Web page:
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ARTICLE: Journalists accept audience metrics but not comments

Singaporean journalists have “internalised” the use of online audience metrics, but still largely reject direct audience feedback, write Andrew Duffy, Rich Ling, and Edson C. Tandoc Jr., all of Nanyang Technological University. The authors conducted an ethnographic study at eight Singaporean digital newsrooms, which included a total of 60 newsworkers. The researchers approached both audience … Continued

REPORT: Newsroom design needs both “we” and “me” space

What should newsrooms take into account when looking to relocate or remodel their office? An American Press Institute report, authored by Dana Coester, recounts the experiences of select US newsrooms and cites relevant research to deliver suggestions for both low-budget and “aspirational” plans. Most importantly, management should consult their staff: What do they want of … Continued


CFP | 15.11. | How is journalists’ work life changing?

The 9th Nordic Work Life Conference is now accepting paper proposals. The Section 3 of the event is dedicated to changes in journalists’ work life and is entitled “Journalists’ Working Lives in Flux: New Challenges, New Opportunities?”. The conference will take place in Oslo, Norway, between the 13th and 15th of June 2018. The session … Continued

THESIS: Professional journalists should collaborate with the civil society

What is the role of journalism in social innovation? asks Taneli Heikka, of University of Jyväskylä. The doctoral thesis analyzes four cases of journalism-related social innovation in the USA and Finland. The researcher argues that journalism is increasingly required to operate in flexible roles in networks of social innovation. However, innovations that affect journalistic work often emerge from … Continued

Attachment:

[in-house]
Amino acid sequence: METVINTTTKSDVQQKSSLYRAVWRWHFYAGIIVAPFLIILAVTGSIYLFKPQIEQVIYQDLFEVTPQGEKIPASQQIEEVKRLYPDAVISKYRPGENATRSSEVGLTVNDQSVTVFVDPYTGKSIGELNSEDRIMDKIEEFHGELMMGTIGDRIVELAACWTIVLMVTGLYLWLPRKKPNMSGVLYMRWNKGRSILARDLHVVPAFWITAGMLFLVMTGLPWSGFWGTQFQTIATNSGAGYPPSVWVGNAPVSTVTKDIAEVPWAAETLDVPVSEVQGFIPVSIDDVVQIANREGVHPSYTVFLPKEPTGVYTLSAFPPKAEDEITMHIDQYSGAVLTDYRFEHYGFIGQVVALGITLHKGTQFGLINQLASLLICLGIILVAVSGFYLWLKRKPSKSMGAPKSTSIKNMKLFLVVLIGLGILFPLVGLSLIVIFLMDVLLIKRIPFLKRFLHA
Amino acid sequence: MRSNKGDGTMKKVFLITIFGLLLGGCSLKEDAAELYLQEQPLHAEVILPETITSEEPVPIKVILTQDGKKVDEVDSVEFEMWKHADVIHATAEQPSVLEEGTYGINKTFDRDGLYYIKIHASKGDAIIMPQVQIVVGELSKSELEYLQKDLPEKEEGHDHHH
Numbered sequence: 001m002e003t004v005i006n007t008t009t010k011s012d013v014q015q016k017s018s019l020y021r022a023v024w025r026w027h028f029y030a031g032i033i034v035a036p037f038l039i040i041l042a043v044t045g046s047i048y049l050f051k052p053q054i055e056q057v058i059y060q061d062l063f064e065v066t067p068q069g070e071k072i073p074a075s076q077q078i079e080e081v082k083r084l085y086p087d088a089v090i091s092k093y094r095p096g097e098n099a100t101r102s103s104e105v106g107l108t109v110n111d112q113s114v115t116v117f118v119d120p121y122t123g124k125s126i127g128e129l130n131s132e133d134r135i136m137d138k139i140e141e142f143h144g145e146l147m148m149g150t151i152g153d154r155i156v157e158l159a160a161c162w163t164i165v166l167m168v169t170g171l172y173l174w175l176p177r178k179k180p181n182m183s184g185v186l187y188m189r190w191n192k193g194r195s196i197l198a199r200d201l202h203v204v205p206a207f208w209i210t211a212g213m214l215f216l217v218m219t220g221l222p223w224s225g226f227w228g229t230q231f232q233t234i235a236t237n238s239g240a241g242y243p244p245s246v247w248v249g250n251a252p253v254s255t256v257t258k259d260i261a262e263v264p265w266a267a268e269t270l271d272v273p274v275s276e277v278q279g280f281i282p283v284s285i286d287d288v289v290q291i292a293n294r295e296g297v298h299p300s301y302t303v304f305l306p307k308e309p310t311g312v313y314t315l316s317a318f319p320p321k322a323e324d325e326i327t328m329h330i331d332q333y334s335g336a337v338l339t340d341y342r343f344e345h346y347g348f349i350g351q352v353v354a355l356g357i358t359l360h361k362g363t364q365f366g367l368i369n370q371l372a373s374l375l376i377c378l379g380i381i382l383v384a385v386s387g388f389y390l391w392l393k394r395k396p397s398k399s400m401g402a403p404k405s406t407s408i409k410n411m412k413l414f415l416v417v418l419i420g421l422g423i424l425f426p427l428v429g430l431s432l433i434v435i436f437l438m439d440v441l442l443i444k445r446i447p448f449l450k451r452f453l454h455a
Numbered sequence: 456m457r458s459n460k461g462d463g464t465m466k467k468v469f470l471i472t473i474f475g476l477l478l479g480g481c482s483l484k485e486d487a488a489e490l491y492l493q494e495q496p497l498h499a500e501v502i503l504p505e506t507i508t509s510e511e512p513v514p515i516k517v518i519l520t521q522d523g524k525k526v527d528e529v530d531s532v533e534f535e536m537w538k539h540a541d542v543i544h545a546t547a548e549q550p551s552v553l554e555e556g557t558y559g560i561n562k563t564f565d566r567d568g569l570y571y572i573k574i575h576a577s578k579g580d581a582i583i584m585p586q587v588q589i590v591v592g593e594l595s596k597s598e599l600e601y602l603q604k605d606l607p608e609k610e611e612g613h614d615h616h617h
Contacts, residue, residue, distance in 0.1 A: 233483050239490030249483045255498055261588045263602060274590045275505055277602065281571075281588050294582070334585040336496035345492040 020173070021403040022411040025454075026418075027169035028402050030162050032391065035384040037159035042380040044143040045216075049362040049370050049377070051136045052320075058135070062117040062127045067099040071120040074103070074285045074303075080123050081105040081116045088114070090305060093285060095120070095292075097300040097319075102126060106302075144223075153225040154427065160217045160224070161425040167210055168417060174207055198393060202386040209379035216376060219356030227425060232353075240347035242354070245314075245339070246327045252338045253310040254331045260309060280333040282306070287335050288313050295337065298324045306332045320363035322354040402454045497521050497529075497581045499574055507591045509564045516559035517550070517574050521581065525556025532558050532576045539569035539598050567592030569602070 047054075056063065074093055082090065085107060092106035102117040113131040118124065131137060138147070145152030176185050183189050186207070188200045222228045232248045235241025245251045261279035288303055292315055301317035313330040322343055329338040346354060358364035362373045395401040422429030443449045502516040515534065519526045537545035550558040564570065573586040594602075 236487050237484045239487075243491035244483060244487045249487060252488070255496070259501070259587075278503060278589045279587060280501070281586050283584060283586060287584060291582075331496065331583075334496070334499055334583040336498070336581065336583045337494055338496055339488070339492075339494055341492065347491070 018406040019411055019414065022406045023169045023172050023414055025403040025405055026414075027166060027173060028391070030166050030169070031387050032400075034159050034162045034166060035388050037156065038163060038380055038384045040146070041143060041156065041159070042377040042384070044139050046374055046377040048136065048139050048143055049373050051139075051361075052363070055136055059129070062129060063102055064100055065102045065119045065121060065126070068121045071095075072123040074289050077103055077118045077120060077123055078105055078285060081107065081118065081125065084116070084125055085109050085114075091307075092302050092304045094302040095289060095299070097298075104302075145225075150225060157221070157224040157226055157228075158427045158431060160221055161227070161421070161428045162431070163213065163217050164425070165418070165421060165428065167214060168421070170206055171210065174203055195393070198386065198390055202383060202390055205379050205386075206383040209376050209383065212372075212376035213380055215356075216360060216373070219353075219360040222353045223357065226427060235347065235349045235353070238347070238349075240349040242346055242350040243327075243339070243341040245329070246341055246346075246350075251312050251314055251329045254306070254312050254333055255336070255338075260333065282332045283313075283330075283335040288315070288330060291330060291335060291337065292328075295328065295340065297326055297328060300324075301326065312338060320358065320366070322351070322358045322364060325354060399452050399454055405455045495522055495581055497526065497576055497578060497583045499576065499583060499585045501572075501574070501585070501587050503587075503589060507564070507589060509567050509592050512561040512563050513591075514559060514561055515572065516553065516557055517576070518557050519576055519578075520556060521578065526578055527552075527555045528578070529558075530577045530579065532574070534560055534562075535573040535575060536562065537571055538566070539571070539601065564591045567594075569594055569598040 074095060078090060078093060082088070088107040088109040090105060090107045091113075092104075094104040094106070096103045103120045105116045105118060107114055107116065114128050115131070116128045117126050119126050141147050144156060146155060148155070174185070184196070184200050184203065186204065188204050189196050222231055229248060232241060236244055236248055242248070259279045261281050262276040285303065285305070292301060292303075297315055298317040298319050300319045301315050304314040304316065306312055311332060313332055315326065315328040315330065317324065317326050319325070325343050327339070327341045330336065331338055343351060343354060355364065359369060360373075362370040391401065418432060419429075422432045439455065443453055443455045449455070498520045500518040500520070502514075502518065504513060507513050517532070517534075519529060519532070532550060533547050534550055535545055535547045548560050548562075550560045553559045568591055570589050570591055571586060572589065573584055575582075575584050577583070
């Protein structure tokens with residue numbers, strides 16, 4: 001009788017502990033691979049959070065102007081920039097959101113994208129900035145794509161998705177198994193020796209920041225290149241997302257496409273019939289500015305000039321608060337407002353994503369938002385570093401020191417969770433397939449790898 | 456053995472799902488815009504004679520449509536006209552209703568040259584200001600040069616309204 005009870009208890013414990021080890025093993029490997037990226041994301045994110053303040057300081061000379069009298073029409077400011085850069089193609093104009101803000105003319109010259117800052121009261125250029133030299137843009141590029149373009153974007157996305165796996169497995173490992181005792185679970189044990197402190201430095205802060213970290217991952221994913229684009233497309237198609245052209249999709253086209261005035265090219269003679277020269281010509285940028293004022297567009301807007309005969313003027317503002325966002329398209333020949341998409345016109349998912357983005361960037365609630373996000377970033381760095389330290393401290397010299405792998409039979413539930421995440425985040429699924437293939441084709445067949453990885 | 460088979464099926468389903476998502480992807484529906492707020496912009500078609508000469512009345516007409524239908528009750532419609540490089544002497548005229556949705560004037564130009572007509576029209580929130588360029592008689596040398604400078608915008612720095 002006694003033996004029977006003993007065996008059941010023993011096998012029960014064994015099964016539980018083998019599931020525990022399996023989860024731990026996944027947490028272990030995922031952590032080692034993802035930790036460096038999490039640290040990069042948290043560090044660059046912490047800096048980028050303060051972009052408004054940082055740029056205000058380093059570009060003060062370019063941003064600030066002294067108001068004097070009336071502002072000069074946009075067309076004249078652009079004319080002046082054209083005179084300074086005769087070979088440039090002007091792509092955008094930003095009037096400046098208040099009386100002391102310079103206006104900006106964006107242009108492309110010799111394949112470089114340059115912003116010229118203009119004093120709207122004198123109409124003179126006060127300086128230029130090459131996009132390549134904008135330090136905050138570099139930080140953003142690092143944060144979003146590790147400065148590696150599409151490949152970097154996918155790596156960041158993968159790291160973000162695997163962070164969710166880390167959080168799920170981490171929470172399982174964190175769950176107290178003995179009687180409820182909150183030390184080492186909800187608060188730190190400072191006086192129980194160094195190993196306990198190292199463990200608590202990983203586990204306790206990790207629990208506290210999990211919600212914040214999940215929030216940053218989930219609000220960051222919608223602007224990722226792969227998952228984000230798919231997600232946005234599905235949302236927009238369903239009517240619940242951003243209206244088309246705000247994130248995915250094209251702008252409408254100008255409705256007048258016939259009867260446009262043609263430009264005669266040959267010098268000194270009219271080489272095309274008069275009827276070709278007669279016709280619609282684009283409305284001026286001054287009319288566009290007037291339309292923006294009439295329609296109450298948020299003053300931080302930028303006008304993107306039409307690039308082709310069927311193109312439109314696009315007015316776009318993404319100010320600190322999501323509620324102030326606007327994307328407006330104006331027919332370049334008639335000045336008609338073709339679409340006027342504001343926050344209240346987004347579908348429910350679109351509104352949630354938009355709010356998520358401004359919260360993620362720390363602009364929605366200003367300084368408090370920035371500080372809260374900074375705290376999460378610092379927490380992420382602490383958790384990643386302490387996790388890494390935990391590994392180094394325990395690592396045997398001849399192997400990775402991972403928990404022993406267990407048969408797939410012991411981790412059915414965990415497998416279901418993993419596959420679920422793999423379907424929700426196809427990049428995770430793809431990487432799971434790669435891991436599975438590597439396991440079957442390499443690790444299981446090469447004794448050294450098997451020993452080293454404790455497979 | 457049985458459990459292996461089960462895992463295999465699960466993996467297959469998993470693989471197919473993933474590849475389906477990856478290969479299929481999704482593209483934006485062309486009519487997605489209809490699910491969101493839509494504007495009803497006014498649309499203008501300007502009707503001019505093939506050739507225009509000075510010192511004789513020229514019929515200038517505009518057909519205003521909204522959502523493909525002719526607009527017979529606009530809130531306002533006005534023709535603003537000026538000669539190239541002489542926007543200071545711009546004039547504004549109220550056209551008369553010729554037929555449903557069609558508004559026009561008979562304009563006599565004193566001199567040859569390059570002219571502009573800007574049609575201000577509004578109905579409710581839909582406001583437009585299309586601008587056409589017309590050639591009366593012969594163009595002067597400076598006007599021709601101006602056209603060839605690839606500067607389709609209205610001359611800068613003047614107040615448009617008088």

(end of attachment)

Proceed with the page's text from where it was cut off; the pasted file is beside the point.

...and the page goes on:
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ARTICLE: Institutional constraints cause varying forms of censorship towards critical journalism

Andrew Kennis of Universidad Iberoamericana, México, studied “whether institutional constraints are more powerful than standardized journalistic norms and practices in determining news content”, also looking at news media independence from poweful corporate and state interests in the United States. The author examines the theoretical tension between two models of media analysis – the indexing and … Continued

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ARTICLE: Most Kenyan journalists enjoy a fair amount of journalistic autonomy

Most Kenyan journalists feel they have freedom to decide what to include in news. Kioko Ireri, of United States International University Africa, conducted a survey in 2012-2013 with 504 Kenyan journalists working in various media, asking about news selection decisions, media freedom and autonomy. 59% of respondents believe there is enough media freedom in Kenya. … Continued

ARTICLE: Critical journalism is in deep trouble in China

As soon as Xi Jinping came to power as president of China in 2012, the control over freedom of expression and media was immediately tightened, writes Jingrong Tong, of Brunel University London. For example, all websites, blogs etc. had to apply for and obtain government permission before they could disseminate news information. The study analyses how … Continued

Oh Yes, There WILL Be A Refund by Christina VanMeter, licence CC BY-NC 2.0

ARTICLE: Journalism is less pure than reporters claim

When asked about their work, journalists often paint an idealistic picture of the norms they uphold. When investigated more closely, these representations rarely hold true, Abit Hoxha and Thomas Hanitzsch, both of Ludwig Maximilian University of Munich, write. They report on an international research project spanning 11 countries. A total of 215 journalists, who are … Continued